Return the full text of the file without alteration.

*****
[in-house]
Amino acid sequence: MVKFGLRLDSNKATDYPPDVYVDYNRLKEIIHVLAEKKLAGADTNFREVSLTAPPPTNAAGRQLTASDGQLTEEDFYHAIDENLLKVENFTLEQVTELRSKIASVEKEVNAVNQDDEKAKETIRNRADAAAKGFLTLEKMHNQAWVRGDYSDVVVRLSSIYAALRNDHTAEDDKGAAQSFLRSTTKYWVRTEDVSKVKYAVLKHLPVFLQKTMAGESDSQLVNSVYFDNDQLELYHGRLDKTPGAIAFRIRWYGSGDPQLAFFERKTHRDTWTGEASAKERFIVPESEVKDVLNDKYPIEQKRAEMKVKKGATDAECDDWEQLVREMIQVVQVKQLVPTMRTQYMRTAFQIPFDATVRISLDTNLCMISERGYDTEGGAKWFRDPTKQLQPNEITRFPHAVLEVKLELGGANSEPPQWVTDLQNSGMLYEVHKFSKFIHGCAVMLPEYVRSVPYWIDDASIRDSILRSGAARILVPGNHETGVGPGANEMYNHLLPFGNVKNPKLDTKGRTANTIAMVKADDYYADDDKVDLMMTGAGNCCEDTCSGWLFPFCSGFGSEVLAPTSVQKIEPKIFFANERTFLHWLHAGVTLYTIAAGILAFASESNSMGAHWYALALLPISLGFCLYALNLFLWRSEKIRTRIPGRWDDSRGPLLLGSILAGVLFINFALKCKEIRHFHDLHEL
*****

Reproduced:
[in-house]
Amino acid sequence: MVKFGLRLDSNKATDYPPDVYVDYNRLKEIIHVLAEKKLAGADTNFREVSLTAPPPTNAAGRQLTASDGQLTEEDFYHAIDENLLKVENFTLEQVTELRSKIASVEKEVNAVNQDDEKAKETIRNRADAAAKGFLTLEKMHNQAWVRGDYSDVVVRLSSIYAALRNDHTAEDDKGAAQSFLRSTTKYWVRTEDVSKVKYAVLKHLPVFLQKTMAGESDSQLVNSVYFDNDQLELYHGRLDKTPGAIAFRIRWYGSGDPQLAFFERKTHRDTWTGEASAKERFIVPESEVKDVLNDKYPIEQKRAEMKVKKGATDAECDDWEQLVREMIQVVQVKQLVPTMRTQYMRTAFQIPFDATVRISLDTNLCMISERGYDTEGGAKWFRDPTKQLQPNEITRFPHAVLEVKLELGGANSEPPQWVTDLQNSGMLYEVHKFSKFIHGCAVMLPEYVRSVPYWIDDASIRDSILRSGAARILVPGNHETGVGPGANEMYNHLLPFGNVKNPKLDTKGRTANTIAMVKADDYYADDDKVDLMMTGAGNCCEDTCSGWLFPFCSGFGSEVLAPTSVQKIEPKIFFANERTFLHWLHAGVTLYTIAAGILAFASESNSMGAHWYALALLPISLGFCLYALNLFLWRSEKIRTRIPGRWDDSRGPLLLGSILAGVLFINFALKCKEIRHFHDLHEL